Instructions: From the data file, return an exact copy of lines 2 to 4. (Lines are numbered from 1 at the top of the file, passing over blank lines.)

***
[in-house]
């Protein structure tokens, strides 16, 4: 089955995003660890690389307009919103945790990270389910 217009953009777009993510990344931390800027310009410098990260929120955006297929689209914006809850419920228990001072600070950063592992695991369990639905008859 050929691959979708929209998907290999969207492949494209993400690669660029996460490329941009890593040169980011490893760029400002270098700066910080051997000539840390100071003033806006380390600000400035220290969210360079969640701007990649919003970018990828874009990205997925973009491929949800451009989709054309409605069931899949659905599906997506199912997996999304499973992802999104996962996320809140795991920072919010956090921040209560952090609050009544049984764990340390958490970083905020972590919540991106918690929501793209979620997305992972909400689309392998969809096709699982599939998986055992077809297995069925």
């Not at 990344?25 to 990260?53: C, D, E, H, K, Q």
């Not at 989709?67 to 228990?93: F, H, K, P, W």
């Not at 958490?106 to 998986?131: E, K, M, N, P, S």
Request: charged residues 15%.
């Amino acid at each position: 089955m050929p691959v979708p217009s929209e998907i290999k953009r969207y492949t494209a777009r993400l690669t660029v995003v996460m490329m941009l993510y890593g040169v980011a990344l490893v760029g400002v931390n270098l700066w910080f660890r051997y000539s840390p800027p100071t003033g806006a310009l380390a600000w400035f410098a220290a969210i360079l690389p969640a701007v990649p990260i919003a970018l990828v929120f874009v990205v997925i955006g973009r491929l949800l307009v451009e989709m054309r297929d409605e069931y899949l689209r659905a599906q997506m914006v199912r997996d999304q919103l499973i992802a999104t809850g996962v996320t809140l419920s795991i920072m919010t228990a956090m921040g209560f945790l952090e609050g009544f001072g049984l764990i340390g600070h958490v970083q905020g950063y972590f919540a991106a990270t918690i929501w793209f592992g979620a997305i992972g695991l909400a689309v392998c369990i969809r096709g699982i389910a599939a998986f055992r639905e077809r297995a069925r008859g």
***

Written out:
């Protein structure tokens, strides 16, 4: 089955995003660890690389307009919103945790990270389910 217009953009777009993510990344931390800027310009410098990260929120955006297929689209914006809850419920228990001072600070950063592992695991369990639905008859 050929691959979708929209998907290999969207492949494209993400690669660029996460490329941009890593040169980011490893760029400002270098700066910080051997000539840390100071003033806006380390600000400035220290969210360079969640701007990649919003970018990828874009990205997925973009491929949800451009989709054309409605069931899949659905599906997506199912997996999304499973992802999104996962996320809140795991920072919010956090921040209560952090609050009544049984764990340390958490970083905020972590919540991106918690929501793209979620997305992972909400689309392998969809096709699982599939998986055992077809297995069925």
């Not at 990344?25 to 990260?53: C, D, E, H, K, Q």
């Not at 989709?67 to 228990?93: F, H, K, P, W």